Where does one find the time to write? Where do Mormons find the time to write? Over the years I’ve heard Mormons complain about this. The complaint usually goes like this: “I’d have a great novel to my credit if it wasn’t for the church. My family and my calling and scriptures and prayers and family home evening and genealogy—it’s all too much. That’s why I never write.” What they seem to be saying is, “It’s not my fault.”
At the risk of offending a lot of people, let me just say, “That’s bunk!”
If you really want to write, you will. You’ll turn off the TV, close your email program, tell your children to find their own rides to soccer practice. You’ll put off doing family history until you’re older. If you really want to write, you’ll give up trying to be all things to all people. (I will concede that it’s harder for mothers with children at home to find time to write, but many still do it, don’t they?)
Gail Sher, in her book One Continous Mistake: Four Noble Truths for Writers, says it like this: “Writers write.” That’s it. If you write, you’re a writer. If you don’t, your not. The time spent making excuses is time that could be spent on writing. I like Sher’s definition of the writer because is it takes the focus off of product and puts it onto process, where it belongs. Even if you do write, even if you write a lot, and even if you’re writing is great, you have no control over what others do with your writing. Choosing to write on any given day, at any given moment—that’s something you can choose. Getting published, having people love your writing, winning awards for your writing—those are choices made by someone else. That’s why writers should focus on what they can control, the writing process, and not the product. If you’re in the process, I promise you that the product will take care of itself in due time. (Keep in mind, however, that “due time” may not be the same as your time.)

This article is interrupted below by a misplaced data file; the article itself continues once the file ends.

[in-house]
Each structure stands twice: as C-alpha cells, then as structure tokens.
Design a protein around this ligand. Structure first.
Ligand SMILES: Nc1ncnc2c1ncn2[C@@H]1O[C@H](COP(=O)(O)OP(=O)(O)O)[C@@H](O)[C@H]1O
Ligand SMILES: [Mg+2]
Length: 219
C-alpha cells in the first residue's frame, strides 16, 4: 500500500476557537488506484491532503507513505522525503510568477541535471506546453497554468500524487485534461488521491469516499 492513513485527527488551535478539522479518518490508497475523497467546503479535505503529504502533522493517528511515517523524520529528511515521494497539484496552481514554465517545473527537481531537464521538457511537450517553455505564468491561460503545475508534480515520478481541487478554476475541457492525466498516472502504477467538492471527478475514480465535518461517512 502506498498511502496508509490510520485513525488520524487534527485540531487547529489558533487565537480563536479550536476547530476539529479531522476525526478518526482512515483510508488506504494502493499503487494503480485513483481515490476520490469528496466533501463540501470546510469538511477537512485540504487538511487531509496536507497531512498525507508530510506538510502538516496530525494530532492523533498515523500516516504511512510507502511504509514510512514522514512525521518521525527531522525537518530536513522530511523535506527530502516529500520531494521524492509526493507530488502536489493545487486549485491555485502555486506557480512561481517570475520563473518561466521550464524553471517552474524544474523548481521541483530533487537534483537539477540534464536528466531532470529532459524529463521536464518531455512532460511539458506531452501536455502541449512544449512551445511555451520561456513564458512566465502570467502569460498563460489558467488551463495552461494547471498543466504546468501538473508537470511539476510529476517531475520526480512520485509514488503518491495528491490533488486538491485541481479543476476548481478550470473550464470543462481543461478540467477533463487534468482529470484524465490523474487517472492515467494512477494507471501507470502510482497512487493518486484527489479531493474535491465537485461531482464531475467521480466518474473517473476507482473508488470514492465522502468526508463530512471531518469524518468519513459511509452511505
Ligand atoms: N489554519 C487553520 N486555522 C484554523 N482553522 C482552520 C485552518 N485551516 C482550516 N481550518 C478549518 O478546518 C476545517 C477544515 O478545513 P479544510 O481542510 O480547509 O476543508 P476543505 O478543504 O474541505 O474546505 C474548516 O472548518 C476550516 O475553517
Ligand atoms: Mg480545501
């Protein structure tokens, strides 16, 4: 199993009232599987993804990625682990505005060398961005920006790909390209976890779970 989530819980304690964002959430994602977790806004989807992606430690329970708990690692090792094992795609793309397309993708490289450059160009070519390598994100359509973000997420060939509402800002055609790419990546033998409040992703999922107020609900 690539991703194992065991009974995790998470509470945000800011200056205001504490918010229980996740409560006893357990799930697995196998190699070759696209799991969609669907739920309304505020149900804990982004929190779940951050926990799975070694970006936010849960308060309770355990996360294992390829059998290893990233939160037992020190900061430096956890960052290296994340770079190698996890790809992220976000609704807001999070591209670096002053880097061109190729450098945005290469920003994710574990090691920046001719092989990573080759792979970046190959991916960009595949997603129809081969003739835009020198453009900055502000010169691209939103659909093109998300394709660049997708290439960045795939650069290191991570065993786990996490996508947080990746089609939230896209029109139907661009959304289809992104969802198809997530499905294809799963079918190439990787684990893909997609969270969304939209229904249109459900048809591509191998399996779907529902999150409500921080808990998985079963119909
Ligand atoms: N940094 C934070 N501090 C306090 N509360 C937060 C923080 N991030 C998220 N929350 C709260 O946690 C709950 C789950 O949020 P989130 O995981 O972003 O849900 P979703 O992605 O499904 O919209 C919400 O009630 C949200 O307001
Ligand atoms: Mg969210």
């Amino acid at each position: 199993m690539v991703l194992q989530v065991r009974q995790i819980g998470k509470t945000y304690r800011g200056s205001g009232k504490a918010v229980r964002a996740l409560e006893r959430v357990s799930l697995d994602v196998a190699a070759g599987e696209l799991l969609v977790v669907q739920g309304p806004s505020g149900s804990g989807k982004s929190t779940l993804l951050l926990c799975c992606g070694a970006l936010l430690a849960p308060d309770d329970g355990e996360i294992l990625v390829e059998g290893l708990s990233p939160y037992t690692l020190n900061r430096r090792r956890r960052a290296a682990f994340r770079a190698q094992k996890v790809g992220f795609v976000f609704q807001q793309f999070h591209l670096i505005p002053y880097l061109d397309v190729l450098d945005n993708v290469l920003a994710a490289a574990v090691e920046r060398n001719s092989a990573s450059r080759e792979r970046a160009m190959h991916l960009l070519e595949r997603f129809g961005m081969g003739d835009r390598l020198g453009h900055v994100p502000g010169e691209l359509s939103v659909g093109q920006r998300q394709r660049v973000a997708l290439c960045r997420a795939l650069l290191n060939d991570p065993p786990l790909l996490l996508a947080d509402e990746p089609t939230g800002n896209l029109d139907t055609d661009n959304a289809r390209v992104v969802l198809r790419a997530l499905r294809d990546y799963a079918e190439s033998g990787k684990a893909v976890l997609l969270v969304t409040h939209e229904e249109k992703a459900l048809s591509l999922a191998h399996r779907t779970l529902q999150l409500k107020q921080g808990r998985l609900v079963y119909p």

There’s another implication of Sher’s adage that “Writers write.” This means that if you’re not a writer, that’s probably okay. I’m not sure the world needs more writers. Ah! But if you need to be a writer, that’s a whole ’nother matter. You might have things you need to say. You might think you’ll go crazy if you don’t say them. Maybe you can’t not write! If that’s the case, then write. By all means, skip your Facebook session today and write! The world still might not need your writing, but important thing is, you need it. And that’s reason enough.
Or is it?
Are all motivations for writing equal? Probably not.
When it comes to Mormon writers, I’d rather see writers motivated by some insistent need to process a deep and troubling internal conflict. By contrast, Mormon writers who seemingly have no internal conflict, who are wholly certain of themselves and the rightness of their positions on all matters, they might be more interested in lecturing than writing. Those writers need a soapbox. Interestingly, their audience is optional. In short, I’d rather see a Mormon writer who begins with a question, instead of an answer.
If you don’t have time to write, don’t make excuses. Ask yourself a couple of honest questions instead. First, would the world end, or would your life end, if you didn’t write? If the answer is no, let it go. Get yourself elected to the school board instead. Start a neighborhood recycling program. Who knows, you might change lives. Second, ask yourself why you want to write. If you want to write because you want to lecture people, then, please, for all our sake’s, let that go. (Or use it on your teenagers; see how much mileage you can get out of that.) No, we Mormons lecture each other enough already. Save the urge to lecture for the right moment: when you’re called of God by proper authority, and when you’re moved upon by the Holy Ghost.
If, however, your world would end if you couldn’t write, if you’re writing because you’re looking for genuine answers, and if you’re willing to find those answers no matter what the cost, then my bet is you’ll find time to write. I’ll bet another thing too. If you write because you have to and you need real answers, you won’t be one of those complaining about finding the time to write. Because you’ll make the time to write.